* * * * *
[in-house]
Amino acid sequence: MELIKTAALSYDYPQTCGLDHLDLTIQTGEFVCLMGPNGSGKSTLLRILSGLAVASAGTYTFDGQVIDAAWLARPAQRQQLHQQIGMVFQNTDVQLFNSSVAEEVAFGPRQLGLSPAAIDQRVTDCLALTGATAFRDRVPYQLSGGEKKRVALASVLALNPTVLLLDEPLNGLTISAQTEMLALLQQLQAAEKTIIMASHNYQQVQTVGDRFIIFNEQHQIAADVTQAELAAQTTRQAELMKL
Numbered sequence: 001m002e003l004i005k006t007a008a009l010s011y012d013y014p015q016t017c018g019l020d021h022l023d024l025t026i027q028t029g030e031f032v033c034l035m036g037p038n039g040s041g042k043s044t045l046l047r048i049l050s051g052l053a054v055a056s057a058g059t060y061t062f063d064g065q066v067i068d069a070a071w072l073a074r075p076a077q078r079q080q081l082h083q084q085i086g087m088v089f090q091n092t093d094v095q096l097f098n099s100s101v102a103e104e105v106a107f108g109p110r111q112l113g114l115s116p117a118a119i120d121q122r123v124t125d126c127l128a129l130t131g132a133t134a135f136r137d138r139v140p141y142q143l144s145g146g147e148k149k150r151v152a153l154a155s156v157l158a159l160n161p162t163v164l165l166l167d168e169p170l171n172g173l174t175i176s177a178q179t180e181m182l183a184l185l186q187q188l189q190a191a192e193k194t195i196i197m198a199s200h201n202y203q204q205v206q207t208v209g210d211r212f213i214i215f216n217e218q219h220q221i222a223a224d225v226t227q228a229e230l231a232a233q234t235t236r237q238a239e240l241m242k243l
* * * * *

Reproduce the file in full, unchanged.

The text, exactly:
[in-house]
Amino acid sequence: MELIKTAALSYDYPQTCGLDHLDLTIQTGEFVCLMGPNGSGKSTLLRILSGLAVASAGTYTFDGQVIDAAWLARPAQRQQLHQQIGMVFQNTDVQLFNSSVAEEVAFGPRQLGLSPAAIDQRVTDCLALTGATAFRDRVPYQLSGGEKKRVALASVLALNPTVLLLDEPLNGLTISAQTEMLALLQQLQAAEKTIIMASHNYQQVQTVGDRFIIFNEQHQIAADVTQAELAAQTTRQAELMKL
Numbered sequence: 001m002e003l004i005k006t007a008a009l010s011y012d013y014p015q016t017c018g019l020d021h022l023d024l025t026i027q028t029g030e031f032v033c034l035m036g037p038n039g040s041g042k043s044t045l046l047r048i049l050s051g052l053a054v055a056s057a058g059t060y061t062f063d064g065q066v067i068d069a070a071w072l073a074r075p076a077q078r079q080q081l082h083q084q085i086g087m088v089f090q091n092t093d094v095q096l097f098n099s100s101v102a103e104e105v106a107f108g109p110r111q112l113g114l115s116p117a118a119i120d121q122r123v124t125d126c127l128a129l130t131g132a133t134a135f136r137d138r139v140p141y142q143l144s145g146g147e148k149k150r151v152a153l154a155s156v157l158a159l160n161p162t163v164l165l166l167d168e169p170l171n172g173l174t175i176s177a178q179t180e181m182l183a184l185l186q187q188l189q190a191a192e193k194t195i196i197m198a199s200h201n202y203q204q205v206q207t208v209g210d211r212f213i214i215f216n217e218q219h220q221i222a223a224d225v226t227q228a229e230l231a232a233q234t235t236r237q238a239e240l241m242k243l